Monday, December 20, 2010

Means And Ends

Rudolf Kastner


We use our tools of art to return to love. They are not ends in themselves.

When we use our tools in a way destructive of love, we ask ourselves the question, does the end justify the means?

Do we accept that some die or suffer, so that others live and prosper?

If this is to have any sense, it has to be possible that the destructive act of the means does not also destroy the ends intended. The political killer may not be able to enter and enjoy the heaven he works for, the people he brings with him may also not, but maybe their innocent descendants will.

But what if the loveless acts themselves interfere with the accuracy of judgment? What if acting without love makes you incapable of making the means to the end argument?

The Jewish leaders in Budapest in 1944, prominent among them Rudolf Kastner of the Jewish Agency and the Head Rabbi of Budapest, deliberately withheld from their fellow Jews being loaded on trains to Poland the knowledge that they were going to their certain deaths. The leaders thought the people would be killed even if they were told, better to try to save a few thousand by placating their persecutors.

The question is whether the judgment of those who habitually compromise, who live their lives in close negotiation with and bribing the worst the human species has produced are capable of making a correct judgment. Not because of failure of logic, but a failure of love.

Someone removed from love and caught in manipulations and bargaining with the corrupt brings the darkness and confines of this world home. He communicates his limitations. He looks on his fellows condemned to death with the eyes of his enemy, in the closed world of power and weakness, deserving and undeserving. If the leaders had conserved an ability to love, and communicated that love to their fellows, the results of their reasoning certainly would have been different. They would have allowed those condemned to death if they boarded the trains to make their own future, because there would have been a future imaginable both by them and the leaders of the community. Uncertain, but open.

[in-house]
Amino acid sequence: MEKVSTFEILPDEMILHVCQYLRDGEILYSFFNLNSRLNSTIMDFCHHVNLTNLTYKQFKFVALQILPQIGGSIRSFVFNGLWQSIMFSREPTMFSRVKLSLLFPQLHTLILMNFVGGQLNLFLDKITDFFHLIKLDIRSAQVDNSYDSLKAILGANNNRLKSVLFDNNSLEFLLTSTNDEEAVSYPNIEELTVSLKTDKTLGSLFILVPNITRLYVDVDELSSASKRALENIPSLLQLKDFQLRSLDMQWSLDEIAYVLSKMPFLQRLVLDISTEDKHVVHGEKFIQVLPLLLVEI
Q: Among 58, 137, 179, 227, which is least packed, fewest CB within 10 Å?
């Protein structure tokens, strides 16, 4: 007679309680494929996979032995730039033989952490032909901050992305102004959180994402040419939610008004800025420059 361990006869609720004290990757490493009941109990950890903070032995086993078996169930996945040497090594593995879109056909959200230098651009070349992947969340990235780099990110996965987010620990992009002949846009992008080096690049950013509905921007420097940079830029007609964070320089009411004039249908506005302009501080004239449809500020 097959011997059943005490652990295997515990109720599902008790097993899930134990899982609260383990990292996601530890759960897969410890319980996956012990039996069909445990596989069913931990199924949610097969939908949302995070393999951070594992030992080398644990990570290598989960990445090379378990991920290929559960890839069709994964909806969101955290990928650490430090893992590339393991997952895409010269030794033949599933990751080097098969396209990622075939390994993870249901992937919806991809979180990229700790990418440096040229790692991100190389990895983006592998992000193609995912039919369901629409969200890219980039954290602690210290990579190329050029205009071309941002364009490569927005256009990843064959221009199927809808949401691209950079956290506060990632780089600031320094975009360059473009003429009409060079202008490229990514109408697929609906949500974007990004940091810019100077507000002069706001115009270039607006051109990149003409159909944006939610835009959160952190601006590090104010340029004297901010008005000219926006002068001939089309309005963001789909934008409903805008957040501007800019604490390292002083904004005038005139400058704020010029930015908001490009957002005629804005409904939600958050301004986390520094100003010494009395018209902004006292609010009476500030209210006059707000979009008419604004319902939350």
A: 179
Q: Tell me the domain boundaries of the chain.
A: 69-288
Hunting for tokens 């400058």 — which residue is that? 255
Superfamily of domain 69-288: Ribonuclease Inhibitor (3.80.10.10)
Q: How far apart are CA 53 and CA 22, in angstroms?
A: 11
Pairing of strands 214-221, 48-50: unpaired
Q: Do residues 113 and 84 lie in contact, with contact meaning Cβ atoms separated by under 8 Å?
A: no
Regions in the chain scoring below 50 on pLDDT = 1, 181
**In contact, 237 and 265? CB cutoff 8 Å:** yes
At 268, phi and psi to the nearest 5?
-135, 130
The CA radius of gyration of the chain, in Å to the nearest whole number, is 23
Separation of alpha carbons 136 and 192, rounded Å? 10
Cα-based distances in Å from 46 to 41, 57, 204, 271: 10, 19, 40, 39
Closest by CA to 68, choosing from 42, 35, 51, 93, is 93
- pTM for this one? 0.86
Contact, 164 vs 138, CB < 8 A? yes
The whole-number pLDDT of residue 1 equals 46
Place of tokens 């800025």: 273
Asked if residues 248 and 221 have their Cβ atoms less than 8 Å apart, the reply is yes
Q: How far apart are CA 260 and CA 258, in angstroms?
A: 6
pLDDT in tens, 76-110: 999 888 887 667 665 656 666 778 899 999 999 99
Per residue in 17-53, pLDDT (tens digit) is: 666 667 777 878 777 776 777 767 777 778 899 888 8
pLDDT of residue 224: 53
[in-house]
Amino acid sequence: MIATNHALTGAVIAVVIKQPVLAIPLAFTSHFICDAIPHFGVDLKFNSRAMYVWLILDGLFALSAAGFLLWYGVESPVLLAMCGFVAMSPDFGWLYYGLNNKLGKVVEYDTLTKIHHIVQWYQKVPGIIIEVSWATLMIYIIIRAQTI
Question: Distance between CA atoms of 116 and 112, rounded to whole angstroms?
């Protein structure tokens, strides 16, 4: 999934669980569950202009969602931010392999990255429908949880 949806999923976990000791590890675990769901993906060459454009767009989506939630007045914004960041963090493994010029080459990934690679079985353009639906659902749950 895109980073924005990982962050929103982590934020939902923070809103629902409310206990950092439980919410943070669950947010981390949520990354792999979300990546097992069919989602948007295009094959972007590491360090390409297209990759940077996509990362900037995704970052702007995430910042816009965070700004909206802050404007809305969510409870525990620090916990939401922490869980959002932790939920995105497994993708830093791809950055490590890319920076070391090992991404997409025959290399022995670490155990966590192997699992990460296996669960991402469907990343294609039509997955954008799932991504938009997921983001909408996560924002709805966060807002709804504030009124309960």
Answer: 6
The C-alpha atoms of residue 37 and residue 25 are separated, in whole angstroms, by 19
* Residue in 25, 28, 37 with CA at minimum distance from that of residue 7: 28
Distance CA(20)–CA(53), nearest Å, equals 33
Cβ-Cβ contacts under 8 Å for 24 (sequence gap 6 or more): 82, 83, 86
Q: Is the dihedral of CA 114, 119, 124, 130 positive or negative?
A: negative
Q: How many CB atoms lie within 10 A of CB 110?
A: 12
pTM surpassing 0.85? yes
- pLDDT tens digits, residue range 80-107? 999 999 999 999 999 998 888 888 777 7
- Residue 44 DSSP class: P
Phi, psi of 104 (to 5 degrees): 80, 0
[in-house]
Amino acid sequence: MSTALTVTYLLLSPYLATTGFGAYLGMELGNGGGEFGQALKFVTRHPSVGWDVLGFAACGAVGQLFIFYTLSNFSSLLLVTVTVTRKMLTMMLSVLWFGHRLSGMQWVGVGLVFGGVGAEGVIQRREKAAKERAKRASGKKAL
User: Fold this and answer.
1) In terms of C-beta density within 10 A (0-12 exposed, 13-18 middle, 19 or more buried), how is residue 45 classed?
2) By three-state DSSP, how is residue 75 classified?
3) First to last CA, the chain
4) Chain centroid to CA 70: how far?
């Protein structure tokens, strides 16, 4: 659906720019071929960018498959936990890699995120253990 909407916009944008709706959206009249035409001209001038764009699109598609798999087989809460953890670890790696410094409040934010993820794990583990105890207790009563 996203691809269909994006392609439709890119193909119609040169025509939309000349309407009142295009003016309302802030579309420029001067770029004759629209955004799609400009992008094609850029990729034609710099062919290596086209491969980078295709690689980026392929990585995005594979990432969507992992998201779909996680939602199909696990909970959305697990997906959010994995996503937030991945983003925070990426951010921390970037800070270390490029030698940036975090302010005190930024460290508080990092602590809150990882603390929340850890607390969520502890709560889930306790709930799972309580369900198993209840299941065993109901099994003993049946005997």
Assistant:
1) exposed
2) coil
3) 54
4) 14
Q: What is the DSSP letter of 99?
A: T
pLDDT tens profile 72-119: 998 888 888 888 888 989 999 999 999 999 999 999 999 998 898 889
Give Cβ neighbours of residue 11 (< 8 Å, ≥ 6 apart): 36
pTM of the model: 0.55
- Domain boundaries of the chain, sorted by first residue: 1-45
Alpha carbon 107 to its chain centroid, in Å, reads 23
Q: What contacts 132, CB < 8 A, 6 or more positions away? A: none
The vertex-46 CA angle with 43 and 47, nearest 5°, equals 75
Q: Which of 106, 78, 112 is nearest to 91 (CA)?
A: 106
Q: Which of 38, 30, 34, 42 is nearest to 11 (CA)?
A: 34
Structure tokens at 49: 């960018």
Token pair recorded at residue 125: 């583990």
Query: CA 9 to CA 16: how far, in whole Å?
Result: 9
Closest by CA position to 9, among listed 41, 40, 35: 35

Use of destructive means to an end both disqualifies those responsible from entering the world aimed at, and also makes it unlikely that the calculation used to justify the destructive means to the end is correct.


The means which make us unperceptive are a result of letting ourselves forget the right end. Does the end justify the means? Before the question is asked we have our answer: Yes, the right end. The right means. Both can be clearly defined.

We say to the compromised: For you, the end never will justify the means, because the end you want is valueless, a mere arrangement of social roles, and in any case you are incapacitated by that choice from being anything other than murderous in your use of means.

Note that the compromised choose as their end a closely described world, but apply confused means.

The alternative to compromise is the opposite, the use of clear means to an known but undefined end. It is to consider out of the question making the best of a loveless life. Instead, you immediately set forth towards the recovery of love. you open your eyes wide and work your way through to a place in which you can love again. Even in this task there are strict restraints, as you cannot do anything that will incapacatate yourself from loving once you have succeeded. The means in this way are strictly limited, the end known but the exact form it will take once achieved not foreseen.

So again, to the question, does the end justify the means? the answer is yes, the right end, the right means.

Further Reading:
Ends And Means, Aldous Huxley
The Memory Book